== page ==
We will now look to solve the 1d Ising model analytically. For simplicity we will assume no external magnetic field, this just makes the formulae look "prettier". The crux of understanding any spin glass system is finding the Gibbs distribution, as before: $$P(\sigma) = \frac{exp(-\beta H_{\sigma})}{Z_{\beta}}$$ Where: $$H = - \sum_{\lt x,y \gt} J_{xy} \sigma_x \sigma_y$$ And $\beta$ is the inverse temperature. We can write an expression for the partition function as: $$Z_{\beta} = \sum_{\sigma} exp(-\beta H_{\sigma}) = \sum_{\sigma} exp(-\beta \sum_{\lt x,y \gt} J_{xy} \sigma_x \sigma_y)$$ Suppose we look at a line segment with $N$ spins, we can then write this as: $$Z_{\beta} =\sum_{\sigma_1, ..., \sigma_N} exp(-\beta (J_{1,2}\sigma_1 \sigma_2 + J_{2,3}\sigma_2 \sigma_3 + ... + J_{N-1,N}\sigma_{N-1}\sigma_N))$$ We notice that we can factorise this summation as: $$Z_{\beta} =\sum_{\sigma_1, ..., \sigma_{N-1}} exp(-\beta (J_{1,2}\sigma_1 \sigma_2 + ... + J_{N-2,N-1}\sigma_{N-2}\sigma_{N-1}))\sum_{\sigma_N}exp(-\beta J_{N-1,N} \sigma_{N-1} \sigma_N)$$ The internal sum can then be evaluated: $$\sum_{\sigma_N}exp(-\beta J_{N-1,N} \sigma_{N-1} \sigma_N) = exp(\beta J_{N-1,N} \sigma_{N-1} ) + exp(-\beta J_{N-1,N} \sigma_{N-1} ) = 2cosh(\beta J_{N-1,N} \sigma_{N-1}) = 2cosh(\beta J_{N-1,N})$$ The last equality making use of the fact $\sigma_{N-1} = \pm 1$ and that $cosh(x) = cosh(-x)$. By repeating this process we can express the partition function as: $$Z_{\beta} = 2 \prod_{i=1}^{N-1} 2 cosh(\beta J_{i,i+1})$$ We can evaluate this exactly. If we are sampling the interaction strengths according to some distribution we can find expected values (or other statistical properties) by integrating against the density function as usual, since this adds to notational complexity we will assume that the interaction strengths are fixed for now. We can then calculate thermal properties using the equations:

\begin{align} F &= - \frac{1}{\beta} ln Z_{\beta} = - T ln 2 - T \sum_{i=1}^{N-1} ln (2 cosh(\beta J_{i,i+1})) \\ U &= - \frac{\partial}{\partial \beta} ln Z_{\beta} = - \sum_{i=1}^{N-1} J_{i,i+1} tanh(\beta J_{i,i+1}) \\ C &= \frac{\partial U}{\partial T} = \sum_{i=1}^{N-1} (\beta J_{i,i+1})^2 sech^2(\beta J_{i,i+1}) \\ S &= \frac{U - F}{T} = ln2 + \sum_{i=1}^{N-1} \left( -\beta J_{i,i+1} tanh(\beta J_{i,i+1}) + ln(2cosh(\beta J_{i,i+1}) \right) \end{align}

Where:
F - is the Helmholtz-Free Energy
U - is the thermodynamic energy (ensemble average)
C - is the heat capacity
S - is the entropy

We can find the expected value of a given instantiation of interactions through an integral such as: $$\mathbb{E}(U) = - \sum_{i=1}^{N-1} \int J_{i,i+1} tanh(\beta J_{i,i+1}) Q(J_{i,i+1}) dJ_{i,i+1}$$ With $Q(J)$ being the density function of the distribution and the integral occuring over its support. Similar formulae exist for the other thermodynamic variables and you can calculate other statistics (e.g. variance) in the usual way.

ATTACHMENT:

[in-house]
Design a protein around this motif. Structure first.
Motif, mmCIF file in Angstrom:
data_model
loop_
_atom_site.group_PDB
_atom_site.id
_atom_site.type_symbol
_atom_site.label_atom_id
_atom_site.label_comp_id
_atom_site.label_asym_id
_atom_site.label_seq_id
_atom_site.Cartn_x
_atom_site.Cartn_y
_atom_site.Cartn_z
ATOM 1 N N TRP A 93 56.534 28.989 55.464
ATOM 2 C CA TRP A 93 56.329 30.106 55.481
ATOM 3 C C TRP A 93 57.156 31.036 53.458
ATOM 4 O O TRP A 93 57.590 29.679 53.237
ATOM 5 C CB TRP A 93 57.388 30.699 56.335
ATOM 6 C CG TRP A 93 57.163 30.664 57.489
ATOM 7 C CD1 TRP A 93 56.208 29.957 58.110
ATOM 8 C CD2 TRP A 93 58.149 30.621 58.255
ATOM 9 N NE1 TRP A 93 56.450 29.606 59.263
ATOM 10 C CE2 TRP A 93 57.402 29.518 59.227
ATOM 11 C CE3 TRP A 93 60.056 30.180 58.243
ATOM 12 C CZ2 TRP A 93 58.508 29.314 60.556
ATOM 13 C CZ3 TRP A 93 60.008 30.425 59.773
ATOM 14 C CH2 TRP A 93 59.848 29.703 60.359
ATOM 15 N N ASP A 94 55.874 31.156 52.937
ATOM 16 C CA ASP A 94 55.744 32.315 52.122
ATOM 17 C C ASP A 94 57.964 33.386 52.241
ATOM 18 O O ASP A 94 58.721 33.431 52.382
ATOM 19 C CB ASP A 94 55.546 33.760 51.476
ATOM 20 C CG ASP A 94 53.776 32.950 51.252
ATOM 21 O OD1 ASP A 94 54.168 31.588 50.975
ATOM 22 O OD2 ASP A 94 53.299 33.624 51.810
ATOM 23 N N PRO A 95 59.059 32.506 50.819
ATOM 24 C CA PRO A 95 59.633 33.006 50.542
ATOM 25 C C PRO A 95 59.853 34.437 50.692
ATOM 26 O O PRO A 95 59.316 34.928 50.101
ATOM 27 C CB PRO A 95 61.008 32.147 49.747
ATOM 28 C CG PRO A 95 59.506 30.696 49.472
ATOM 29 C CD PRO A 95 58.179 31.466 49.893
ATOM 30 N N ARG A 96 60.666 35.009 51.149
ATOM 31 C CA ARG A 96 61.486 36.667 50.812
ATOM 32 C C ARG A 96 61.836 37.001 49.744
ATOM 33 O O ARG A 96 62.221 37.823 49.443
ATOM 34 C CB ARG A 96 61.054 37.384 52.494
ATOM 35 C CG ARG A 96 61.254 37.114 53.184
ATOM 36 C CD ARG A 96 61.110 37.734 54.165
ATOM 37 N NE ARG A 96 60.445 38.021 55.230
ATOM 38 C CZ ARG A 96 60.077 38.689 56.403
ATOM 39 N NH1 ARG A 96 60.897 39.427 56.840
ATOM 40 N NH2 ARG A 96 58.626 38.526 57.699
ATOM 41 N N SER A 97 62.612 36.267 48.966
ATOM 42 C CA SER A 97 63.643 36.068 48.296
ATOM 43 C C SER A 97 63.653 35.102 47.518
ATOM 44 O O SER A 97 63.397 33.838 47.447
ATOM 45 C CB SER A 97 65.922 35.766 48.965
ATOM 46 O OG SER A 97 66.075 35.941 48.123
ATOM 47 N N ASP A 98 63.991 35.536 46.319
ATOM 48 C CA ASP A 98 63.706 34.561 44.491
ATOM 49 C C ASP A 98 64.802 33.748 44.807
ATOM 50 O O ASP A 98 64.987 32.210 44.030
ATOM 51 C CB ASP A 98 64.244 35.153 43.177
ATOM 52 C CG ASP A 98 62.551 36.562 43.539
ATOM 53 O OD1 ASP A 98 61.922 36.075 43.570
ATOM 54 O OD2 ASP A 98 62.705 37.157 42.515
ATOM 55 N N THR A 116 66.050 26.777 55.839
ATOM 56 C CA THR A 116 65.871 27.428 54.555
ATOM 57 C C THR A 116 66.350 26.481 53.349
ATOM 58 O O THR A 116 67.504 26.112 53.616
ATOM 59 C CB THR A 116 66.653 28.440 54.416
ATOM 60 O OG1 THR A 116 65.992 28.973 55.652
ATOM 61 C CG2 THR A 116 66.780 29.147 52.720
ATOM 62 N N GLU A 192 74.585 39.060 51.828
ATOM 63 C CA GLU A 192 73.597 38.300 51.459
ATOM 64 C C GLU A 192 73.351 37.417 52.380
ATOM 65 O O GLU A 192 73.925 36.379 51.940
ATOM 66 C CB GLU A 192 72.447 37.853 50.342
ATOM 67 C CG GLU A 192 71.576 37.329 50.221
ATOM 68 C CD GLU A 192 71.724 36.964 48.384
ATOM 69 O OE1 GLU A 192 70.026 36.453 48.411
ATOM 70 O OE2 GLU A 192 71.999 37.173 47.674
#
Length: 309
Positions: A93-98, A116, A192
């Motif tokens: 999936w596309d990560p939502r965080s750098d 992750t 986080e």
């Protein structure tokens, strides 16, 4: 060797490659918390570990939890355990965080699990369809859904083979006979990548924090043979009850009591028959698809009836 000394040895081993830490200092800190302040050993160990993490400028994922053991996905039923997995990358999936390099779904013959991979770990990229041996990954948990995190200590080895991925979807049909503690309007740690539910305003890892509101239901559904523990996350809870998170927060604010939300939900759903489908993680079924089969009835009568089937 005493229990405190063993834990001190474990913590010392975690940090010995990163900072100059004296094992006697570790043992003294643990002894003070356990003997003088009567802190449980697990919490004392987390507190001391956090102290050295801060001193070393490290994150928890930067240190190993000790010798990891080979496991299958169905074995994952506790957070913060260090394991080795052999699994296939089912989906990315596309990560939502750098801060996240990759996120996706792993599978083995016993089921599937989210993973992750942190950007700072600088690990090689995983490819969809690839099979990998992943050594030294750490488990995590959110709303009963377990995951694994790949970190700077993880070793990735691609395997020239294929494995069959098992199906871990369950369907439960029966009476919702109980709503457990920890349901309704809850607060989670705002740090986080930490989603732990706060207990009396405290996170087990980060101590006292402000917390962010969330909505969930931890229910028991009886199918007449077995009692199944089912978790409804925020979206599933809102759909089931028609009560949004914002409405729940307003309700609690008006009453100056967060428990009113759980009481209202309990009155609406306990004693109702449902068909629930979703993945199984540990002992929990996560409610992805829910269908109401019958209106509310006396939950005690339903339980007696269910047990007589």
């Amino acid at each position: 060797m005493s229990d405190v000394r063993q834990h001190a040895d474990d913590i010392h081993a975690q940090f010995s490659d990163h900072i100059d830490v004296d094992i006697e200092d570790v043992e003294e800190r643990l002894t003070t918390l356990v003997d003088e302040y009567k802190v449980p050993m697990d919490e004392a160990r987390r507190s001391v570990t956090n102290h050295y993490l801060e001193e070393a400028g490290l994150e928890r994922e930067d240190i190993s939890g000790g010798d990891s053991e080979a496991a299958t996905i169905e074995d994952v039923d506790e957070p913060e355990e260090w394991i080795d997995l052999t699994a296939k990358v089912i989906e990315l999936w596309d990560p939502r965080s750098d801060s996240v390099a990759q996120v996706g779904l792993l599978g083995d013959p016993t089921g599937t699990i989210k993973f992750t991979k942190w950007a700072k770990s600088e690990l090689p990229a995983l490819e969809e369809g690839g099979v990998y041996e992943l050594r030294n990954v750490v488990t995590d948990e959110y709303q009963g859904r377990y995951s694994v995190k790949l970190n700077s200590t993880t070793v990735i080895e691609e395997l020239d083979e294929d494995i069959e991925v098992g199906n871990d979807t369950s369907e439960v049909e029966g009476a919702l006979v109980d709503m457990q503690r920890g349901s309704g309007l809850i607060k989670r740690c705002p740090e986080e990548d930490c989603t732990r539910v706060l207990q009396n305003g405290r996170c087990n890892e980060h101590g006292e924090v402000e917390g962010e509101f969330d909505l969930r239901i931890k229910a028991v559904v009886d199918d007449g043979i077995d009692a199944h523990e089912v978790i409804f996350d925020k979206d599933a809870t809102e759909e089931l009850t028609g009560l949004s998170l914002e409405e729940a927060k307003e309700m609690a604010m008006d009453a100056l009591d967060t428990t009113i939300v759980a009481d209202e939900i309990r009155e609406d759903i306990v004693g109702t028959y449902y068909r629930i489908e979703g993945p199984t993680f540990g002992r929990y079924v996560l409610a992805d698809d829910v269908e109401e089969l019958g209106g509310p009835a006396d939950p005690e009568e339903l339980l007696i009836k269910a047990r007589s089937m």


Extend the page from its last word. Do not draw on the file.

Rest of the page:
We can plot the values of these variables for a given set of interaction weights:

# This code creates a 4 figure plot showing how
# Thermodynamic variables change with temperature
# For a 1d Ising Model with Gaussian interactions

import numpy as np
import matplotlib.pyplot as plt
%matplotlib inline

# Fix seed
np.random.seed(123)

# Fix number of points
N = 100

# Instantiate interaction strength
J = np.random.normal(0,1,size=N-1)

# Set temperature ranges
T_min = 1e-4
T_max = 5
T_steps = 1000
T = np.arange(T_steps)/T_steps *(T_max - T_min) + T_min
beta = 1 / T

# Set up holders for variables
F = np.zeros(T_steps)
U = np.zeros(T_steps)
C = np.zeros(T_steps)
S = np.zeros(T_steps)

# Loop over T_steps and calculate at each step
for i in range(T_steps):
F[i] = - T[i] * np.log(2) - T[i] * (np.log(2*np.cosh(beta[i]*J))).sum()
U[i] =  - (J * np.tanh(J * beta[i])).sum()
C[i] = ((beta[i] * J)**2 * (np.cosh(beta[i] * J))**-2).sum()
S[i] = (U[i] - F[i]) / T[i]

# Divide by number of points to give a scale invariant measure
F = F / N
U = U / N
C = C / N
S = S / N

# Create plots
fig, axs = plt.subplots(2, 2, figsize=(10,10), gridspec_kw={'hspace': 0.25, 'wspace': 0.25})
axs[0, 0].plot(T, F)
axs[0, 0].set_title("Free Energy")
axs[0, 0].set(xlabel="T", ylabel="F / N")

axs[0, 1].plot(T, U)
axs[0, 1].set_title("Average Energy")
axs[0, 1].set(xlabel="T", ylabel="U / N")

axs[1, 0].plot(T, C)
axs[1, 0].set_title("Heat Capacity")
axs[1, 0].set(xlabel="T", ylabel="C / N")

axs[1, 1].plot(T, S)
axs[1, 1].set_title("Entropy")
axs[1, 1].set(xlabel="T", ylabel="S / N")

plt.show() From these plots we can see there is no phase transition taking place - this is true for all 1d Ising models.

We can also calculate the correlation function for the system. By following a similar line of logic as before we find: $$\langle \sigma_n \sigma_{n+r} \rangle = \prod_{i=0}^{r} tanh(\beta J_{n+i, n+i+1})$$

We can plot this as a function of $r$ starting at the first position:

# This code creates a plot displaying
# The correlation function
# For a 1d Ising Model with Gaussian interactions

import numpy as np
import matplotlib.pyplot as plt
%matplotlib inline

# Fix seed
np.random.seed(123)

# Fix number of points
N = 100

# Instantiate interaction strength
J = np.random.normal(0,1,size=N-1)

# Create holders for variables
r = np.arange(N)
corr_array = np.zeros(N)

# Fix beta
beta = 1

# Calculate correlations
tanh_array = np.tanh(beta * J)

for i in range(N):
corr_array[i] = tanh_array[:i].prod()

plt.plot(r[0:20], corr_array[0:20])
plt.title("Correlation Function")
plt.ylabel(r"$\langle \sigma_{1} \sigma_{r} \rangle$")
plt.xlabel("r")
plt.xticks(np.arange(11)*2)
plt.ylim((-1,1))
plt.xlim((0,20))